Going the distance with future-proof quantum cryptography

Fibre optic cables

Quantum computing will bring a whole new set of security concerns to the internet but recent advancements in Quantum Key Distribution (QKD) are providing solutions to these emerging challenges.

May 22, 2018

The way data is encrypted over the Internet today is fundamentally insecure. Whether sending emails or browsing the web, users rely on the fact that it is computationally infeasible — but not impossible —  to decrypt our sensitive data using classical computers.

Quantum computers, however, don’t play by the same rules.

“Future quantum computers would be capable of cracking modern encryption methods in significantly less time,” says Professor Glenn Gulak of The Edward S. Rogers Senior Department of Electrical & Computer Engineering (ECE). “The good news is that we don’t yet have a quantum computer that threatens the public-key algorithms that protect our data; the bad news is that we cannot afford to wait for the day when quantum computers are an immediate threat.”

While quantum computing is still in the early stages of development, a technique known as Quantum Key Distribution (QKD) can be applied today to establish a secret key between two remote parties who wish to communicate with perfect secrecy over untrusted channels, such as the Internet.

QKD, an example application of quantum cryptography, is based on the physically unclonable properties of light and allows the two remote parties to detect an adversary or eavesdropper. The challenge in QKD, however, is efficiently distributing secret keys over fibre-optic cable for distances beyond 100 kilometres.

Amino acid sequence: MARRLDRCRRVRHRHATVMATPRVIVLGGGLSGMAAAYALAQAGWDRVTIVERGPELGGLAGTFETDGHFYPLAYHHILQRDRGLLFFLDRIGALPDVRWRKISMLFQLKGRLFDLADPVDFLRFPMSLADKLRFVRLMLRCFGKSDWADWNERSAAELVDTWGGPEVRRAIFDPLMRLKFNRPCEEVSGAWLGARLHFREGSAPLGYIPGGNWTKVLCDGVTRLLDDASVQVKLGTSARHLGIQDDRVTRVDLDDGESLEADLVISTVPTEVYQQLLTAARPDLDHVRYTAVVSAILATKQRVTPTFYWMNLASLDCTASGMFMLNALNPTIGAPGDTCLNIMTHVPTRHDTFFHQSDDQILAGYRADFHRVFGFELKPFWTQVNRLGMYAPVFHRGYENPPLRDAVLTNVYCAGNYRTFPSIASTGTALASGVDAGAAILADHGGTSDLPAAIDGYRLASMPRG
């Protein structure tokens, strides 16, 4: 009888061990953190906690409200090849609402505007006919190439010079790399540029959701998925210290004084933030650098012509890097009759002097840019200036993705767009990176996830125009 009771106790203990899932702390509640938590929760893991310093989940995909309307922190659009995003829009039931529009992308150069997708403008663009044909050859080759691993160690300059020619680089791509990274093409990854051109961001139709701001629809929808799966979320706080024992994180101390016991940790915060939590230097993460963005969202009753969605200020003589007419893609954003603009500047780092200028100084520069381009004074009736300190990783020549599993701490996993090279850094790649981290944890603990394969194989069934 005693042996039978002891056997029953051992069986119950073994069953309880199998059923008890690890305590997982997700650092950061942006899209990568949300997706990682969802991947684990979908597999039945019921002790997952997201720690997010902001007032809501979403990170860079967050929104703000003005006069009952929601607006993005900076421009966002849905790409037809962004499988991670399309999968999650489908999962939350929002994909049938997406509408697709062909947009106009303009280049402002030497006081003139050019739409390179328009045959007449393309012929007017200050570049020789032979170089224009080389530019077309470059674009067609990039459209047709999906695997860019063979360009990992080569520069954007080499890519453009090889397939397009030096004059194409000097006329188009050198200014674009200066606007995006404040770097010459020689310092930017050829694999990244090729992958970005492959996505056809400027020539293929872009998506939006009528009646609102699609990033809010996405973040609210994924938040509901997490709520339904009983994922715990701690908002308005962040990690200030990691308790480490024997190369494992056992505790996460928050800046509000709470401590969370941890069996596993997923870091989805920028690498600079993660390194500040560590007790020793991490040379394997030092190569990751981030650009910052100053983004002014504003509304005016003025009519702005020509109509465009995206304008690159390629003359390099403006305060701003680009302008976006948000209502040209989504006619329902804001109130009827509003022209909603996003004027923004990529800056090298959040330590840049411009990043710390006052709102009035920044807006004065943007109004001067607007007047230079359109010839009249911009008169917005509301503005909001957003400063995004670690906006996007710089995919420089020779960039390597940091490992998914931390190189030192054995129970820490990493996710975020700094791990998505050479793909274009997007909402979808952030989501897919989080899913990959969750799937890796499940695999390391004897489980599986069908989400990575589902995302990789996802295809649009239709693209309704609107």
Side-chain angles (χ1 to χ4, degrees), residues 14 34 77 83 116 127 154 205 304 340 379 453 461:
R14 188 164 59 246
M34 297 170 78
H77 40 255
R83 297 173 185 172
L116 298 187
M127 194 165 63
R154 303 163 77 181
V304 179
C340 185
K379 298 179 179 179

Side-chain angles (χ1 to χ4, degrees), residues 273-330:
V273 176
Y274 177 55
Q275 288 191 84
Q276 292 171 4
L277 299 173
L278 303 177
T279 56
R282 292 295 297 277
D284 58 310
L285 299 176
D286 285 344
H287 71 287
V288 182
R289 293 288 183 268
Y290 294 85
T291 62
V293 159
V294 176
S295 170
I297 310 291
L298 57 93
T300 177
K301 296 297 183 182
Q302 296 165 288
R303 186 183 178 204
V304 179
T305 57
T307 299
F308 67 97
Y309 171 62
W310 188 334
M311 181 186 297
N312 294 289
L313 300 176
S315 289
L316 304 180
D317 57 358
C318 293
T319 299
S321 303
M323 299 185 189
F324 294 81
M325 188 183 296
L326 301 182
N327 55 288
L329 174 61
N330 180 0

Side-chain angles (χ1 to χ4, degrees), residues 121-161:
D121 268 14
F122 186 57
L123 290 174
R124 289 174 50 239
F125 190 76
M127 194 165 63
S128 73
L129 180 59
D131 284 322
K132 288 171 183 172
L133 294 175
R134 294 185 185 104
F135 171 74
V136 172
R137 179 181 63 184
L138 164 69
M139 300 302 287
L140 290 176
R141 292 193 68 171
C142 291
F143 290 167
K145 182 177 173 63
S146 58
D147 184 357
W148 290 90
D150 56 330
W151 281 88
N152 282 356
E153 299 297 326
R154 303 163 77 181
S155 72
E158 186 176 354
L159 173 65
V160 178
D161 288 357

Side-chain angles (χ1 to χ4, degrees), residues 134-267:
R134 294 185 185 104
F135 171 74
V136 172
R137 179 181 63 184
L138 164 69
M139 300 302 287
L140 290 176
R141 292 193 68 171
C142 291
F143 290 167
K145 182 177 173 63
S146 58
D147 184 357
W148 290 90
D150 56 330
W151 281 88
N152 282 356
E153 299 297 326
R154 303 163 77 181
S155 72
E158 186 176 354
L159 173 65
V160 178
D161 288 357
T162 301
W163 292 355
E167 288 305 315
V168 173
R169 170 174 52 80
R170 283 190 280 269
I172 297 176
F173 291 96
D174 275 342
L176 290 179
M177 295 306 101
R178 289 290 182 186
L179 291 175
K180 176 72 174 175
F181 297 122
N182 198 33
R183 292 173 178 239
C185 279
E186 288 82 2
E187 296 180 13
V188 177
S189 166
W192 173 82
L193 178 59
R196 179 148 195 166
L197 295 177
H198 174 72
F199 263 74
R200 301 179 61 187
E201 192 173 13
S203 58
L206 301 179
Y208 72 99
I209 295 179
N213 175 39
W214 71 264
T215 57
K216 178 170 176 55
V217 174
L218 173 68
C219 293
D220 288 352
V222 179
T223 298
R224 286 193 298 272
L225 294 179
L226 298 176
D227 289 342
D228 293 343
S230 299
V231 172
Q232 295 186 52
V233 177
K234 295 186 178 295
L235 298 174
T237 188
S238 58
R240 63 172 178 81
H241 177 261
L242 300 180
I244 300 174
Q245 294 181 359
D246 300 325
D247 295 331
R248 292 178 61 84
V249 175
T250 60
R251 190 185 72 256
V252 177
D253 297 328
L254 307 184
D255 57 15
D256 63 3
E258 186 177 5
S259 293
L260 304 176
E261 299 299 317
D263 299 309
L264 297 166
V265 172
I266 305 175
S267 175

In a recent paper published in Nature Partner Journal Quantum Information, Dr. Mario Milicevic (ElecE 1T0, ECE PhD 1T7), Dr. Chen Feng (ECE MASc 0T9, PhD 1T4), Dr. Lei M. Zhang (ECE MASc 1T1, PhD 1T7), and Professor Glenn Gulak (ECE) demonstrate the application of structured error-correcting codes to extend the maximum distance of continuous-variable QKD over standard fibre-optic cable up to 140 kilometres.

The team showed that by constructing codes with a particular structure, highly-efficient decoders can be designed to take advantage of hardware acceleration offered by modern graphics processing units (GPUs). “This work demonstrates that error-correction decoding is no longer a computational bottleneck in long-distance QKD,” says Dr. Milicevic. “Our work has eliminated a major barrier. To go beyond 140 kilometres, we must find new ways to reduce excess channel noise through further research in both electronics and photonics.”

In the future, such codes can be used to implement area- and energy-efficient decoders for single-chip QKD systems that combine optical and computational processing circuits. Single chip systems would accelerate the adoption of QKD in modern network infrastructure with lower cost, power, and integration complexity.

More information:
Jessica MacInnis
Senior Communications Officer
The Edward S. Rogers Sr. Department of Electrical & Computer Engineering
416-978-7997; jessica.macinnis@utoronto.ca

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